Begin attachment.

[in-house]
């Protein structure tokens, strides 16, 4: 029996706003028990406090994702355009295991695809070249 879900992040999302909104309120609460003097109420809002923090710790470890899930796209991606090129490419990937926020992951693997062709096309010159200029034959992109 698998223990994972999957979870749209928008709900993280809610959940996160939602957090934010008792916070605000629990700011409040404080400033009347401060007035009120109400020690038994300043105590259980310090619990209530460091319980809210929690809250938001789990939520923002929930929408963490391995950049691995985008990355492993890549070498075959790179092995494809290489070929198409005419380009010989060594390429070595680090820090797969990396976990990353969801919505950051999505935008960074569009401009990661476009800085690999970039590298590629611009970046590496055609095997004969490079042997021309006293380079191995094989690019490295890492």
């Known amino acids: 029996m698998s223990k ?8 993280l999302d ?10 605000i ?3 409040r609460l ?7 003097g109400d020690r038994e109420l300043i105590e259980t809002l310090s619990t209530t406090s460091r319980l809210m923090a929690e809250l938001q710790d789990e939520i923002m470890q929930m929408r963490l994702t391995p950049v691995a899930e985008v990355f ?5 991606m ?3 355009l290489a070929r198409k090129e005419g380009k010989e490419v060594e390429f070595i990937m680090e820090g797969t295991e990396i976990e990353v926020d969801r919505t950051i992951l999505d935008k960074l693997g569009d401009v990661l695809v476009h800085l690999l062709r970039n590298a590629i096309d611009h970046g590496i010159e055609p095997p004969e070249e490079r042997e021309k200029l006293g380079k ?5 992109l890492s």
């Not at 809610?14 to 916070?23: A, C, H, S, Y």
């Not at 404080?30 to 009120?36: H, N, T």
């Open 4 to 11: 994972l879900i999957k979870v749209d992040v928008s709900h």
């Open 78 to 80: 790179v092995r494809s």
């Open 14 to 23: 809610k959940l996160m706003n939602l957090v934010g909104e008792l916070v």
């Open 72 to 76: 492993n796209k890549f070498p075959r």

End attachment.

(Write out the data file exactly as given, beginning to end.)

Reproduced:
[in-house]
């Protein structure tokens, strides 16, 4: 029996706003028990406090994702355009295991695809070249 879900992040999302909104309120609460003097109420809002923090710790470890899930796209991606090129490419990937926020992951693997062709096309010159200029034959992109 698998223990994972999957979870749209928008709900993280809610959940996160939602957090934010008792916070605000629990700011409040404080400033009347401060007035009120109400020690038994300043105590259980310090619990209530460091319980809210929690809250938001789990939520923002929930929408963490391995950049691995985008990355492993890549070498075959790179092995494809290489070929198409005419380009010989060594390429070595680090820090797969990396976990990353969801919505950051999505935008960074569009401009990661476009800085690999970039590298590629611009970046590496055609095997004969490079042997021309006293380079191995094989690019490295890492």
């Known amino acids: 029996m698998s223990k ?8 993280l999302d ?10 605000i ?3 409040r609460l ?7 003097g109400d020690r038994e109420l300043i105590e259980t809002l310090s619990t209530t406090s460091r319980l809210m923090a929690e809250l938001q710790d789990e939520i923002m470890q929930m929408r963490l994702t391995p950049v691995a899930e985008v990355f ?5 991606m ?3 355009l290489a070929r198409k090129e005419g380009k010989e490419v060594e390429f070595i990937m680090e820090g797969t295991e990396i976990e990353v926020d969801r919505t950051i992951l999505d935008k960074l693997g569009d401009v990661l695809v476009h800085l690999l062709r970039n590298a590629i096309d611009h970046g590496i010159e055609p095997p004969e070249e490079r042997e021309k200029l006293g380079k ?5 992109l890492s």
């Not at 809610?14 to 916070?23: A, C, H, S, Y």
């Not at 404080?30 to 009120?36: H, N, T």
């Open 4 to 11: 994972l879900i999957k979870v749209d992040v928008s709900h």
């Open 78 to 80: 790179v092995r494809s």
């Open 14 to 23: 809610k959940l996160m706003n939602l957090v934010g909104e008792l916070v």
């Open 72 to 76: 492993n796209k890549f070498p075959r």